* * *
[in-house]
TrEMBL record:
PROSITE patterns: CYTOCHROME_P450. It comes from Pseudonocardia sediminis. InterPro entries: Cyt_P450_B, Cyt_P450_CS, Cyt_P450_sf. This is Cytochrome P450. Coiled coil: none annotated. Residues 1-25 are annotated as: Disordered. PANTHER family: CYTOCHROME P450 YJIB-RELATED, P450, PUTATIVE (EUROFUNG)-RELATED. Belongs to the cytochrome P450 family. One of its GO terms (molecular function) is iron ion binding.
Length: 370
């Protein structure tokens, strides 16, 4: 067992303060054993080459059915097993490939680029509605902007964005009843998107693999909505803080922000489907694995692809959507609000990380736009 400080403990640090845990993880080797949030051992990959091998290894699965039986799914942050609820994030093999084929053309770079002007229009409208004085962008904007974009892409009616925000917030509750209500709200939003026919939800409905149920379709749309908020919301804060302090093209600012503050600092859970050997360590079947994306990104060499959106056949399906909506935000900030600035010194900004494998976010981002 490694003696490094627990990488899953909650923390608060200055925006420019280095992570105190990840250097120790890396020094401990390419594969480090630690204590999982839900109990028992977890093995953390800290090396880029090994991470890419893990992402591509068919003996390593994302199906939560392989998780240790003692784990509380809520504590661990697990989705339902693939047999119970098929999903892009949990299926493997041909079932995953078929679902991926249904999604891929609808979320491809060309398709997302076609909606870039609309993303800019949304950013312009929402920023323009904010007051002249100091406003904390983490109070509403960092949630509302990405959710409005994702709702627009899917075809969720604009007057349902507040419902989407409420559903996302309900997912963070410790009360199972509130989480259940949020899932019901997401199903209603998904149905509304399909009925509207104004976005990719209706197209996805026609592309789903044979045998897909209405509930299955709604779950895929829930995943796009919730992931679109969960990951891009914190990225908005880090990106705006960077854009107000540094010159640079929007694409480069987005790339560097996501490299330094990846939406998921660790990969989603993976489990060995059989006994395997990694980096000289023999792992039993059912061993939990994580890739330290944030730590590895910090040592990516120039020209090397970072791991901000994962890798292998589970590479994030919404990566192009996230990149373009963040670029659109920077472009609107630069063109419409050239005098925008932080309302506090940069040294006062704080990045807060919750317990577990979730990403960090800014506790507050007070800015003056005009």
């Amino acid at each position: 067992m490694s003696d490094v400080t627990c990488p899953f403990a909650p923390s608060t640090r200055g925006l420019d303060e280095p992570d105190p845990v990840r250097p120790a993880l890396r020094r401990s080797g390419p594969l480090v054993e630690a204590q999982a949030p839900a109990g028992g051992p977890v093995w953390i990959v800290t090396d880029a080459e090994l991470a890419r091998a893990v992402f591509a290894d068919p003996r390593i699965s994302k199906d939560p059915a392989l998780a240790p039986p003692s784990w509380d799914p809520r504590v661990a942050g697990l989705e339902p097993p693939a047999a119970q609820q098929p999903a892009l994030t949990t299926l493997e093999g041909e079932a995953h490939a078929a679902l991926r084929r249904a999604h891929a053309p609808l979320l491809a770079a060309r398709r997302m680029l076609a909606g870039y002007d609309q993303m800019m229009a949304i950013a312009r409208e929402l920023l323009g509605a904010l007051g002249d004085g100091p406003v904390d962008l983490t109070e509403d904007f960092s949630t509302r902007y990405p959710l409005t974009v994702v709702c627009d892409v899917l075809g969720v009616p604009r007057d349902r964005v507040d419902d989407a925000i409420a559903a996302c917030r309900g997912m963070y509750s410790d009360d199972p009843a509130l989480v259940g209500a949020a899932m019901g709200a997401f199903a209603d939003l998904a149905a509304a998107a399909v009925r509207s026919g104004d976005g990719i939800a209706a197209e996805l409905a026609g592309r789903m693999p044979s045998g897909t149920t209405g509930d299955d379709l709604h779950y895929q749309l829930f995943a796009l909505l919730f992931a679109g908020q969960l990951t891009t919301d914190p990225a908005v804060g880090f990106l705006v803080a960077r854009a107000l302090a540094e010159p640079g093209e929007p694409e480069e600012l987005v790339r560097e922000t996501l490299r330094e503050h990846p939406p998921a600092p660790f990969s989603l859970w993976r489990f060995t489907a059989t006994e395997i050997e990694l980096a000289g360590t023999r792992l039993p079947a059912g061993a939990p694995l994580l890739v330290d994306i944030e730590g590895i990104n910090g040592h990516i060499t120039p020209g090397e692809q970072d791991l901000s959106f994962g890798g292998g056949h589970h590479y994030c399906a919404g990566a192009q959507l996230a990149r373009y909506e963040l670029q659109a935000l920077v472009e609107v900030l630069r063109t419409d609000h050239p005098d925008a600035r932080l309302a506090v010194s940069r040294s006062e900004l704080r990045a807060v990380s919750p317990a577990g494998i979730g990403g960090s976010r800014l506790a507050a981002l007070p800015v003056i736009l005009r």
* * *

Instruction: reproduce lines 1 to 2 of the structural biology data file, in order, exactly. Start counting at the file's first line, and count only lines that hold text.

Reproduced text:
[in-house]
TrEMBL record: